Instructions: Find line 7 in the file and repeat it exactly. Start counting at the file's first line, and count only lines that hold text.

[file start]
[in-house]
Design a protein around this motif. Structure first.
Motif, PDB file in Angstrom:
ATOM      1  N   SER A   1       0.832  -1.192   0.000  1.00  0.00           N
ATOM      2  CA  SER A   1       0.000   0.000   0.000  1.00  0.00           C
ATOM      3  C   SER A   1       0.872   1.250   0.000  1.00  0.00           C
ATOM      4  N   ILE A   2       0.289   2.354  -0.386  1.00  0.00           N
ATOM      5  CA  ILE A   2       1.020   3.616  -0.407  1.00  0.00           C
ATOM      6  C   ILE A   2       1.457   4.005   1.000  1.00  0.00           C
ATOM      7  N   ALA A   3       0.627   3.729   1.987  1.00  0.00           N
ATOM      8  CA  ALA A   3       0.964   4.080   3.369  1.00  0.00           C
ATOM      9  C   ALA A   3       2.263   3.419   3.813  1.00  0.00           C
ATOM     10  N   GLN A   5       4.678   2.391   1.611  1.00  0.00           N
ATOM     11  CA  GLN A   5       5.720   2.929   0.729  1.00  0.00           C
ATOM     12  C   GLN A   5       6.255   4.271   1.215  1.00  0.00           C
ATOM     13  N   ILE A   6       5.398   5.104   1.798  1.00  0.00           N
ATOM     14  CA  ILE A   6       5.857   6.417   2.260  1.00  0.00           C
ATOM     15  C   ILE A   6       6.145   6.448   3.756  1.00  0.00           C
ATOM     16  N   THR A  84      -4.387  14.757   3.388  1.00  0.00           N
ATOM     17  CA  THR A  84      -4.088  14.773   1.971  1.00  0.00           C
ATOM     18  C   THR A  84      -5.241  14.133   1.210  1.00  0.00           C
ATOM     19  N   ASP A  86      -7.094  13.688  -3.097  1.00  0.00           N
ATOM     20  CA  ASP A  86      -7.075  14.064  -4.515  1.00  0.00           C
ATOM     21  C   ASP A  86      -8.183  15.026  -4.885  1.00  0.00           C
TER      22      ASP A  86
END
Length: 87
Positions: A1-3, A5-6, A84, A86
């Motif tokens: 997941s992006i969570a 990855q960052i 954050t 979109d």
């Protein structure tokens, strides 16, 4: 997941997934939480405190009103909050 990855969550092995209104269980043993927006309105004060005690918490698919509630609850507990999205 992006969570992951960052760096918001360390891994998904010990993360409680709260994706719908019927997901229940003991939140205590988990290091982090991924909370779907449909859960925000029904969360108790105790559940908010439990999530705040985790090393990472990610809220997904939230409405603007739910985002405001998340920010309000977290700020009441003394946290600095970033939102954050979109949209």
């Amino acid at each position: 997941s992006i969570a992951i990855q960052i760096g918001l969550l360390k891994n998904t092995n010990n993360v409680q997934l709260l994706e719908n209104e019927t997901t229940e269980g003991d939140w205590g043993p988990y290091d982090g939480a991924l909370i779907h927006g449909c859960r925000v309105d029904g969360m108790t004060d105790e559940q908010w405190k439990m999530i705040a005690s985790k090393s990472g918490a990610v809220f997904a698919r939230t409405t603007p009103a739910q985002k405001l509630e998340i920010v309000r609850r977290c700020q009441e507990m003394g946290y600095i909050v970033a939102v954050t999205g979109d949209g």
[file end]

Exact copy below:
ATOM      4  N   ILE A   2       0.289   2.354  -0.386  1.00  0.00           N